The founder and former CEO of Four Barrel Coffee has stepped away from the San Francisco coffee roaster and agreed to divest his ownership following reports of a sexual assault and harassment lawsuit filed last week.
Jeremy Tooker was the target of a lawsuit filed on Friday by former employees who said he assaulted several women, harassed others and created a toxic work environment, according to the San Francisco Chronicle.
In a letter on the three-unit chain’s website a day after the report, CEO Tal Mor and chief financial officer Jodi Geren said Tooker stepped down as CEO in November, before the lawsuit was filed, and is no longer an employee and no longer affiliated with the company moving forward. Tooker also agreed to divest ownership, regardless of the outcome of a company investigation.
“We take it very seriously and are deeply saddened,” the letter said. “Four Barrel will not tolerate inappropriate behavior in the workplace. It’s essential that our employees and co-workers understand that they are valued and respected. We will continue to take prompt action to address any and all employee concerns, as we have done in the past.”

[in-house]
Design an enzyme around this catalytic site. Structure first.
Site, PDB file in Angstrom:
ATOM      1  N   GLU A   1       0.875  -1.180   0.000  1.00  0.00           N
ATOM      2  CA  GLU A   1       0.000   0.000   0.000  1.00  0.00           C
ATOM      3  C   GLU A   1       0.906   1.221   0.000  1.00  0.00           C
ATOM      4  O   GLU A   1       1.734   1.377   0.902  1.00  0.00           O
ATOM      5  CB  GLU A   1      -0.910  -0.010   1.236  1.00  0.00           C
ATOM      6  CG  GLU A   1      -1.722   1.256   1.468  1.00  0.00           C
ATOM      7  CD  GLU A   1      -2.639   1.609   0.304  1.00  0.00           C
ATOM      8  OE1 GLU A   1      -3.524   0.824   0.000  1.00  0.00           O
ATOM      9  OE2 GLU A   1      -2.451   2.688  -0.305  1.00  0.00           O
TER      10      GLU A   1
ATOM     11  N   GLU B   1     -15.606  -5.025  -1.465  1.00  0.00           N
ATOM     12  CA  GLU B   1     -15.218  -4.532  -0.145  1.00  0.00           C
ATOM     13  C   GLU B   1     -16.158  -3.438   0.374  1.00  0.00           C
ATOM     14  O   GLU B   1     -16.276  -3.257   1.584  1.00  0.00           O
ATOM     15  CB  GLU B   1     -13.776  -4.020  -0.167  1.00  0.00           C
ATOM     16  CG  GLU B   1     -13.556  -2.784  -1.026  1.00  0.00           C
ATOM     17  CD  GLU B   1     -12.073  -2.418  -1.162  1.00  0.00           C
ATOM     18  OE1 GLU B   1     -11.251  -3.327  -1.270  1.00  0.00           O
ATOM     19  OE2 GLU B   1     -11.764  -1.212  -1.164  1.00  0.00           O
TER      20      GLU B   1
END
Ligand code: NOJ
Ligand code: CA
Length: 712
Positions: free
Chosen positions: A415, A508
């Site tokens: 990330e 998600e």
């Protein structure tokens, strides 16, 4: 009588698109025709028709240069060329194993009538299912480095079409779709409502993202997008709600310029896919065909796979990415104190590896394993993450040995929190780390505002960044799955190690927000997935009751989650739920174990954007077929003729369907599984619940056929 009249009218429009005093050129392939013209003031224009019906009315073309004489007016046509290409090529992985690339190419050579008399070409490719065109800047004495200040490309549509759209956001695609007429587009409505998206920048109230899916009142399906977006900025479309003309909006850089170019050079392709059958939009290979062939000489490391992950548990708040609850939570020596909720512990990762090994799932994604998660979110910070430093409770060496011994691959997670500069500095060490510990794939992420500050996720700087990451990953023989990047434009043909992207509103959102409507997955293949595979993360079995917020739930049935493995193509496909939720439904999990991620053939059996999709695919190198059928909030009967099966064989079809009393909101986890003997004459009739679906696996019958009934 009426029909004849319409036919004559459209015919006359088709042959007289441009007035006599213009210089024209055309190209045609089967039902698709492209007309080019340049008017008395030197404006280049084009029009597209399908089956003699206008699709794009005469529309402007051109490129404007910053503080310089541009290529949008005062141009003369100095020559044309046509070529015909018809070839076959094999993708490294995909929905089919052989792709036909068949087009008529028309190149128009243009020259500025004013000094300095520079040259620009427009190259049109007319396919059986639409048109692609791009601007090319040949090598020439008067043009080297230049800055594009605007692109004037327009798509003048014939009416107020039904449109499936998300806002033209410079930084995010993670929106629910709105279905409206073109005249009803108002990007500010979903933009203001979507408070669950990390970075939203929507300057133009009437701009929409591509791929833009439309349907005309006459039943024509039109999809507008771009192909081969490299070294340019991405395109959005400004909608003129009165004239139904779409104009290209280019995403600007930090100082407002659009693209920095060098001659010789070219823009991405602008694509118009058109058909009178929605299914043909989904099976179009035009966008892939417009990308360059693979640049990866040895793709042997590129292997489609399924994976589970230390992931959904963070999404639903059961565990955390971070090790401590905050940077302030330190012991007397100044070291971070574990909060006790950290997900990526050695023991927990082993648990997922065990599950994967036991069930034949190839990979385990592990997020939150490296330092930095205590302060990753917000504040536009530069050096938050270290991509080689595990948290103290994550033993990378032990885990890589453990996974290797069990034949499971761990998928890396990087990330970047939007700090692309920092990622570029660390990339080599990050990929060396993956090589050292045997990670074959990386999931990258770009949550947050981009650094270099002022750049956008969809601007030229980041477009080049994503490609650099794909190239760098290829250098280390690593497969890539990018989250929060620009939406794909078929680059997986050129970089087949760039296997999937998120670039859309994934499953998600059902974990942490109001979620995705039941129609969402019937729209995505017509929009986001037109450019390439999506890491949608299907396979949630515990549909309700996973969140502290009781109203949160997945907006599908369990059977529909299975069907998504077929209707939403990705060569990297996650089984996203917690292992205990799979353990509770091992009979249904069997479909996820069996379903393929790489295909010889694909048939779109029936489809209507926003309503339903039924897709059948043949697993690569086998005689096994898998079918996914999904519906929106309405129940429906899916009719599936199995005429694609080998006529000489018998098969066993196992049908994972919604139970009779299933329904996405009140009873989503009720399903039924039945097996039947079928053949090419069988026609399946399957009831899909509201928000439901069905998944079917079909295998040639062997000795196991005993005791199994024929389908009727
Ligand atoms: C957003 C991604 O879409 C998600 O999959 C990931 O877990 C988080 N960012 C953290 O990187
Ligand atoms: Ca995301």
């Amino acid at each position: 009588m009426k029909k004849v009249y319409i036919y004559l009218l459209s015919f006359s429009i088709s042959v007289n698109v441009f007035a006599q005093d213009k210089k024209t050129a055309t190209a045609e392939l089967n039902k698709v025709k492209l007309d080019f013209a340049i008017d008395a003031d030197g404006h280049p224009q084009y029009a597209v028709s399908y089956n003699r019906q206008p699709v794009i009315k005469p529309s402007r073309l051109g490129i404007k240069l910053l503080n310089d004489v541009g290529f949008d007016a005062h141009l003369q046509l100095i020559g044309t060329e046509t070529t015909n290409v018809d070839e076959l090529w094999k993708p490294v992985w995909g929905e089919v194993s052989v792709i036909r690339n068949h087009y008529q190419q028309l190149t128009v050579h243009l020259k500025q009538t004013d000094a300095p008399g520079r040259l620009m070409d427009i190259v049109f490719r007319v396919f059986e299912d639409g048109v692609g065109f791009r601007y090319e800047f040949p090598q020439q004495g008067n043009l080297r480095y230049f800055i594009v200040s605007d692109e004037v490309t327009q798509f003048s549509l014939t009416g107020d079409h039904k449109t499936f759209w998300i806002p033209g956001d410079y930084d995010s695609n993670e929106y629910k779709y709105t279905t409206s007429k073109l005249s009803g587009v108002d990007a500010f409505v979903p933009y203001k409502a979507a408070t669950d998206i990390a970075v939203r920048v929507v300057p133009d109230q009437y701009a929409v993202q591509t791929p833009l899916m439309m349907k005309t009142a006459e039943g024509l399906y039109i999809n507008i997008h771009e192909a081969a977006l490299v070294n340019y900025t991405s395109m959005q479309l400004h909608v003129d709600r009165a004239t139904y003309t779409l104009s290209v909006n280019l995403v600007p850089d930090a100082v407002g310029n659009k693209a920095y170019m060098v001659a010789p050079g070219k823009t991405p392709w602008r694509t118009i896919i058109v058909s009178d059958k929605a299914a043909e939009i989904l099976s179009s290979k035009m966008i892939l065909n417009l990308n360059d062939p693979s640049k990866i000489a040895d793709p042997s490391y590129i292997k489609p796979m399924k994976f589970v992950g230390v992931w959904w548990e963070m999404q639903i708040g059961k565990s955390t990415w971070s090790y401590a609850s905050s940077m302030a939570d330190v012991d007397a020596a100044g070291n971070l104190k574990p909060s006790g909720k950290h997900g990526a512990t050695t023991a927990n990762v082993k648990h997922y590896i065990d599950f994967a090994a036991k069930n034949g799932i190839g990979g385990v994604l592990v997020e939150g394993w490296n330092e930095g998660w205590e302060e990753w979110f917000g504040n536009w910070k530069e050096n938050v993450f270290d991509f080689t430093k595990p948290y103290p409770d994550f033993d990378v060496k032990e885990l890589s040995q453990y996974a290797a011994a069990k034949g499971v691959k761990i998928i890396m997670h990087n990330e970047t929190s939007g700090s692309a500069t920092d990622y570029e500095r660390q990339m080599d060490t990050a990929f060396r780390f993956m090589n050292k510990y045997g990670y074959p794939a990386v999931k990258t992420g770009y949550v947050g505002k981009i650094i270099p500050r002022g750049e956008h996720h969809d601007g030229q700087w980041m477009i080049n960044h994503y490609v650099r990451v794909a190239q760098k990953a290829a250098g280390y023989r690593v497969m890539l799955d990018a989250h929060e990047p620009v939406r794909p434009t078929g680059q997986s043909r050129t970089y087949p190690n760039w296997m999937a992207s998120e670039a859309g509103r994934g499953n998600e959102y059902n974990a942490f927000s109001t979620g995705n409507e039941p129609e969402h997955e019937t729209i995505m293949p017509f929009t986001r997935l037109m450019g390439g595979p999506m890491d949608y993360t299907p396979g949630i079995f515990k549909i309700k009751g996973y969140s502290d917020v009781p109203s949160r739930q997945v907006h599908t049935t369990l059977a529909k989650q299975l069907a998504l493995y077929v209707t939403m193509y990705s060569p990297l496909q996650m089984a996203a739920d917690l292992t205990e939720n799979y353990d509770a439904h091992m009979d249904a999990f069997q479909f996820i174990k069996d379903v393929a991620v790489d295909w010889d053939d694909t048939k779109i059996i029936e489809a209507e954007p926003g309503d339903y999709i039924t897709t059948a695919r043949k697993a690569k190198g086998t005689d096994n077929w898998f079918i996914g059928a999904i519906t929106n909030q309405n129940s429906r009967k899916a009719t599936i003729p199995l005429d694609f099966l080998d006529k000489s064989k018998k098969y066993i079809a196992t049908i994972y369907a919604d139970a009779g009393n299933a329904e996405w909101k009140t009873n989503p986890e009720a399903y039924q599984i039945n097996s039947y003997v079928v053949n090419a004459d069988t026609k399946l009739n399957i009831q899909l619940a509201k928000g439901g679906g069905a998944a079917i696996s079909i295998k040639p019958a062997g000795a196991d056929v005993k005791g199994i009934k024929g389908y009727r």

According to the report, however, both Mor and Geren are cited in the lawsuit as being aware of the misconduct and employee complaints, but the two did not address the misconduct in any official capacity.
Because of the lawsuit, Mor and Geren said in the letter they can’t comment as fully as they would like. But they said, “We take issue with the claims being asserted in the lawsuit, and the mischaracterization of our current culture.
“We stand with women, people of color, LGBTQ individuals and others who are frequently ignored, unheard or unprotected in our society. We stand with those fighting every day to make workplaces safe, supportive and equal. We’re doing our part where we can have the quickest and surest effect: our own company,” the letter said.
Four Barrel has hired an outside human resources company to facilitate reporting of employee concerns, the letter said.
The lawsuit is the latest in an ongoing series of sexual harassment charges filed within the restaurant industry that has included nationally known chefs and restaurateurs like John Besh, Mario Batali, Ken Friedman and Johnny Iuzzini.
Late last year, the San Francisco Chronicle also reported accusations against Oakland, Calif., chef Charlie Hallowell, who stepped down from day-to-day duties as a result.
By Lisa Jennings
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